As if the epic pairing of Septicflesh’s brimstone-scorched orchestrations together with the raggedly scabrous delights of Inquisition wasn’t a tantalising enough proposition already, UK support Stahlsbarg are a strikingly sinister additional bonus. Across madly accelerating stints of snaking, densely muscular groove and frostbitten tremolo that bears precious little resemblance to the gentle, rolling hills of their native Suffolk, theirs is a sound steeped in blackened, unmistakably Nordic tradition. Through exhilarating implosions of percussive battery and bloodcurdling shrieks, ‘Damocles XIII’ is gloriously rich in inky, Satyricon-flavoured groove in a piece that illustrates masterfully handled aggression and unearthly horror in equal measure.
Through deathly glimmers of monochrome stage lighting, Inquisition finally loom dimly into focus, plunging listeners headlong into a murkily impenetrable haze of ragged guitars and pummelling blasts. With caustic rasps of curiously hypnotic gargling slung diabolically low beneath a muddily indistinct cacophony of snares, it’s with unceremonious brutality and frenetic pacing that the corpse-painted Americans work their adrenaline-fuelled magic on the crowd. Steeped in coldly dissonant chord progressions whose turbulent throes writhe and unravel like restless spirits from the beyond, this is as grim and calculated an assault as any old school addict could wish for.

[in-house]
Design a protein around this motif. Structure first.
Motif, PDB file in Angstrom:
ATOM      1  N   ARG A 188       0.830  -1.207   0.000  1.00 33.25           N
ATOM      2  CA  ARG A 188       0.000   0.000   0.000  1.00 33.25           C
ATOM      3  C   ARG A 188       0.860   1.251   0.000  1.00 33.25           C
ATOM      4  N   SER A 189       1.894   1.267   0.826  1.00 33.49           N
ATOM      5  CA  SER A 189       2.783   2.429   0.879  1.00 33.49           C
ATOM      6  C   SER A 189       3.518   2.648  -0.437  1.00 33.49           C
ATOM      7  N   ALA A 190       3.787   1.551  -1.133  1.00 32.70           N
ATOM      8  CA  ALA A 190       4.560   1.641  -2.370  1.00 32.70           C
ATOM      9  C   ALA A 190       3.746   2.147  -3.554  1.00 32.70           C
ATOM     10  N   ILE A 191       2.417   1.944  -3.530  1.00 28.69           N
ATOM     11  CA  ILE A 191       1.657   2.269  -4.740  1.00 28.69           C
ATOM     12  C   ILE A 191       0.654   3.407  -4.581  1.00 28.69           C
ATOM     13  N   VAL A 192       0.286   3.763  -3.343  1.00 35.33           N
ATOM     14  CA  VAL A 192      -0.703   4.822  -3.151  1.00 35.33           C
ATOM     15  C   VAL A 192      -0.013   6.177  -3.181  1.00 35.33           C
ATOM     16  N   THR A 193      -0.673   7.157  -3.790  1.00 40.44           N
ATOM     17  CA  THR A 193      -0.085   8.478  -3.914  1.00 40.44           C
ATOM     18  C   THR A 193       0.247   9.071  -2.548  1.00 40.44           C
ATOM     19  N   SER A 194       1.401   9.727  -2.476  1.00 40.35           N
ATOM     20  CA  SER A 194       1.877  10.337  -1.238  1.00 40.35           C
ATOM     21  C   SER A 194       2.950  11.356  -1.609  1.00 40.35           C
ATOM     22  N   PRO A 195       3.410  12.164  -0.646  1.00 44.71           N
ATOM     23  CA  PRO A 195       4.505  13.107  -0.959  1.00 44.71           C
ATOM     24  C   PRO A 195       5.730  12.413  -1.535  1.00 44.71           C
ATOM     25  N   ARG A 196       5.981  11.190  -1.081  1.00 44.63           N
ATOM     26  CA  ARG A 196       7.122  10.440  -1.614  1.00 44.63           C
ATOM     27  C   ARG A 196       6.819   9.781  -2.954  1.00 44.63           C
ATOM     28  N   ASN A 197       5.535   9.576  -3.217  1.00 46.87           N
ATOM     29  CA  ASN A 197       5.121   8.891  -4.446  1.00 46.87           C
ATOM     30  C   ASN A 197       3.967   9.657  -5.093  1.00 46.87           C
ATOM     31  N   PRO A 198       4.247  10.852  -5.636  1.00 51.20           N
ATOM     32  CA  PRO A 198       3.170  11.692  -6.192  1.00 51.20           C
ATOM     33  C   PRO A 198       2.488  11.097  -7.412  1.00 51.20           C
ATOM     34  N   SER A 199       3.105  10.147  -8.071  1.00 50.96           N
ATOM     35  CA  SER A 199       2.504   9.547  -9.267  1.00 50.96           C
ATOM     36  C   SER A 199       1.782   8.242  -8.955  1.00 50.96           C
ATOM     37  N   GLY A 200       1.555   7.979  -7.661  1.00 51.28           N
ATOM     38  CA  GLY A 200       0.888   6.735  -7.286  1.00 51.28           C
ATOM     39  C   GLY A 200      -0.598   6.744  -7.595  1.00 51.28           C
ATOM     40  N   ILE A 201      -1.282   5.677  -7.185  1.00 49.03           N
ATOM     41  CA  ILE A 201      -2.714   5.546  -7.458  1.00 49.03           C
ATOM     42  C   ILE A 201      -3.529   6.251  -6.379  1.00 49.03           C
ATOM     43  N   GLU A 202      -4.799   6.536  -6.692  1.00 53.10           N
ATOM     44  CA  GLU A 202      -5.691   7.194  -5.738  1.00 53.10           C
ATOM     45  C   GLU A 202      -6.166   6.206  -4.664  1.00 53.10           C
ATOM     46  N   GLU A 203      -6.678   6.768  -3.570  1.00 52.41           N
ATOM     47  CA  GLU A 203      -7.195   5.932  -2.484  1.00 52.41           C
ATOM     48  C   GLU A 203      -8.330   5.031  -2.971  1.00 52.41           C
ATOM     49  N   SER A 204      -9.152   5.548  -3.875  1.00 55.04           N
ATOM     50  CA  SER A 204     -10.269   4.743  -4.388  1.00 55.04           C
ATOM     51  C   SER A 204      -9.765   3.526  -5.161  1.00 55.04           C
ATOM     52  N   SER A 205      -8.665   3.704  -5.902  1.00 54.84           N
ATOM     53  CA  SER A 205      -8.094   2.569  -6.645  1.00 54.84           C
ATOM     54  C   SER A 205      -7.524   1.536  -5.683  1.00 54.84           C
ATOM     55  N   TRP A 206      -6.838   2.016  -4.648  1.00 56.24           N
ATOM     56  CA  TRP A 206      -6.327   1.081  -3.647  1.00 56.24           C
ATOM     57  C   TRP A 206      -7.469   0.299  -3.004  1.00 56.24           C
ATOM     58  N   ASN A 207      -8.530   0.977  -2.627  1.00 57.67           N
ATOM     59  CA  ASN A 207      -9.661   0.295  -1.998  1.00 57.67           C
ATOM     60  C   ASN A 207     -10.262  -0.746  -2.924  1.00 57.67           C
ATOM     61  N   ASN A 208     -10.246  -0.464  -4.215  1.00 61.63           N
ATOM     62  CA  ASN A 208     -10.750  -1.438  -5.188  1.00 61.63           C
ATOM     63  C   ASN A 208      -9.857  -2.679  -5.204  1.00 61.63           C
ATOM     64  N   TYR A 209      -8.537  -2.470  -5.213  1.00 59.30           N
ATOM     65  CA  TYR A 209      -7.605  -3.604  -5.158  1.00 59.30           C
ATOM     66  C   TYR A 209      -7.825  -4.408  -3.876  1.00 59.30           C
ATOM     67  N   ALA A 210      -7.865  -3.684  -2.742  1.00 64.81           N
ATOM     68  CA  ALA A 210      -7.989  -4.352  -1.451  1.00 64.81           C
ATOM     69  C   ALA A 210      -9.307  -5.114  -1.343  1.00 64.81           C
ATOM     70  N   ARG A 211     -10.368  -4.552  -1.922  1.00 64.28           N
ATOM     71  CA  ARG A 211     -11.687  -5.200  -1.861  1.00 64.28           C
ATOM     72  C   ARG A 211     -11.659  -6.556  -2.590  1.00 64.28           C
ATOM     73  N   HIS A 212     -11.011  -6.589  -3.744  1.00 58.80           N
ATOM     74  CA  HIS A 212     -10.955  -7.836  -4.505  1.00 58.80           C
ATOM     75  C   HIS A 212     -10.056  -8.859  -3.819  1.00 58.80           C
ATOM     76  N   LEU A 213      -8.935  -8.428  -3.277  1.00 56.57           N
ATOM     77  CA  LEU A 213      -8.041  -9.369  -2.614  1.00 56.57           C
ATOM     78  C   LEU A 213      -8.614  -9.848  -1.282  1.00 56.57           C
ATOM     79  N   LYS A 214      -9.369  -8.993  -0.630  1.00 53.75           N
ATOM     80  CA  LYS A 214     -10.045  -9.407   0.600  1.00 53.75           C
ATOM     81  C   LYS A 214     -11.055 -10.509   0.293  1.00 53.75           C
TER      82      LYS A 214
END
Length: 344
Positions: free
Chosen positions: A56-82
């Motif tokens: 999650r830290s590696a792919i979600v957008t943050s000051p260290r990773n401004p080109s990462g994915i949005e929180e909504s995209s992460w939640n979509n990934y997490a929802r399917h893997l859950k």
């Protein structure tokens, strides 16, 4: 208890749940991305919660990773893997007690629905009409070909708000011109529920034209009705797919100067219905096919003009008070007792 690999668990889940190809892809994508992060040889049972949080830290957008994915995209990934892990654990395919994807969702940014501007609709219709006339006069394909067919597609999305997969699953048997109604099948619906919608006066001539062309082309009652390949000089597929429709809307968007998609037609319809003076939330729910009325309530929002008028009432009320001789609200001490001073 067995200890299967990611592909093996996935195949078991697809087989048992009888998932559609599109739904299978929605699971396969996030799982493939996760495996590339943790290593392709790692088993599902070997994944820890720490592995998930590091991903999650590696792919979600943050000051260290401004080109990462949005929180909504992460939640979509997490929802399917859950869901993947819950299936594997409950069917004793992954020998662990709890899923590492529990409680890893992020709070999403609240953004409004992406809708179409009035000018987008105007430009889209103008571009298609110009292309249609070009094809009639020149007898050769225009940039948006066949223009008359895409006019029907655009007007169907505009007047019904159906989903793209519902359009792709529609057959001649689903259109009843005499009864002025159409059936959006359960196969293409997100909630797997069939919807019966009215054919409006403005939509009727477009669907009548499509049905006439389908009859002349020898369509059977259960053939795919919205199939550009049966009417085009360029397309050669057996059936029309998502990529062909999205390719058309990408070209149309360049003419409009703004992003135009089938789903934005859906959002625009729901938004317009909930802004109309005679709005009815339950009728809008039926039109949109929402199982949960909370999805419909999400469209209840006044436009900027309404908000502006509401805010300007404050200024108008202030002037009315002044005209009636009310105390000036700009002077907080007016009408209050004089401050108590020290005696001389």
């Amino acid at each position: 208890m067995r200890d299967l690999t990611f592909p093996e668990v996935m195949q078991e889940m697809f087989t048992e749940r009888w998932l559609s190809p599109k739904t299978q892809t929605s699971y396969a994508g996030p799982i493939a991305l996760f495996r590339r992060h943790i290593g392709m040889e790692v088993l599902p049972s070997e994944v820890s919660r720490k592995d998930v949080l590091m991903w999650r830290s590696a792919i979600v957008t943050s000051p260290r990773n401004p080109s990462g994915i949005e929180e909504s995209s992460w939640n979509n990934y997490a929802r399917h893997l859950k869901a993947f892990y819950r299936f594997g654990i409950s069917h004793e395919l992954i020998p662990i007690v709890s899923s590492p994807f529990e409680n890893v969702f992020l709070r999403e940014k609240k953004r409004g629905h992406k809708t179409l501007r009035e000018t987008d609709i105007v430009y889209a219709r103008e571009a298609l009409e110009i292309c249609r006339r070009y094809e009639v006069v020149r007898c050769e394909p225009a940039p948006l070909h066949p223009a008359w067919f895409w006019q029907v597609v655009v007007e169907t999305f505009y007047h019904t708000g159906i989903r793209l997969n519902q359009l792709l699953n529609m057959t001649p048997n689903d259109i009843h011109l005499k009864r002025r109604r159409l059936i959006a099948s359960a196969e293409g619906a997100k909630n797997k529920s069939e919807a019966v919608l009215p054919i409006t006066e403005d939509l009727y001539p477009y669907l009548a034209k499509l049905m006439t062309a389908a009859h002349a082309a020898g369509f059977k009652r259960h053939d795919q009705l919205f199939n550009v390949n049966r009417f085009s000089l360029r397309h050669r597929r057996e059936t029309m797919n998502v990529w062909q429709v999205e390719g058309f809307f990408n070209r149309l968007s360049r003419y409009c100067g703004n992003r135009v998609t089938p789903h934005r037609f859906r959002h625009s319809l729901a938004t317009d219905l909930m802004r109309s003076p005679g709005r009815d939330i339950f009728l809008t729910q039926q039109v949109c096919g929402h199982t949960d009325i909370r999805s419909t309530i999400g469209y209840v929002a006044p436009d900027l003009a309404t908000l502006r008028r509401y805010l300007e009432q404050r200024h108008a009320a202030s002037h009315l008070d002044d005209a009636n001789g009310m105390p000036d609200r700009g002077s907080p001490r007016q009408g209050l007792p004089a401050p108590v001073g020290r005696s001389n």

But from the moment Septicflesh’s insanely paced stints of bludgeoning hyperblasts and lacerating tremolo nimbly unfurl into a luscious tangle of sleekly textured fretwork, these Hellenic hell-raisers display an epic stage presence that’s utterly unrivalled in its immense, ingeniously crafted scope. With this in mind, it’s perhaps unsurprising that the already rather claustrophobic confines of the Underworld are now thick with the moist heat and associated aromas of a hundred or so wildly euphoric, beer-swilling fans. Propelled by tautly muscular spirals of distortion whose tensely suspenseful motions explode in a breakneck frenzy of blastbeats and blackly opulent orchestral flourishes, the madly energised dimensions of ‘Prototype’ make for wildly entertaining live carnage.
With the obvious absence of the prestigious philharmonic orchestra that’s famously graced every record since the unleashing of 2008 game-changer ‘Communion’, the classical dimensions of Septicflesh’s genre-defying sound are inevitably overshadowed in places. That said, the Greeks’ carefully considered piecing together of a highly aggressive, guitar-driven set list helps ensure a largely seamless and successful transition. Palpably bristling with thornily abrasive textures before swiftly engulfing the senses in a veritable cascade of blastbeating ultra-violence, fresh cut ‘Enemy of Truth’ finds the four-piece at the crowning pinnacle of their aggressive powers.
Elsewhere, the notably more complex and atmospheric ‘Prometheus’ sees frenetic flurries of strings whirl and glide airily atop a grandiose blackened core of churning aggression and horn-laden theatrics. With its spine-chilling swell of melancholic choirs and crushing slabs of riffage positively drenching the synapses with adrenaline, the crowd halts in their violent revelries for a few momentary seconds in silent awe of this epic and utterly exhilarating spectacle of a set.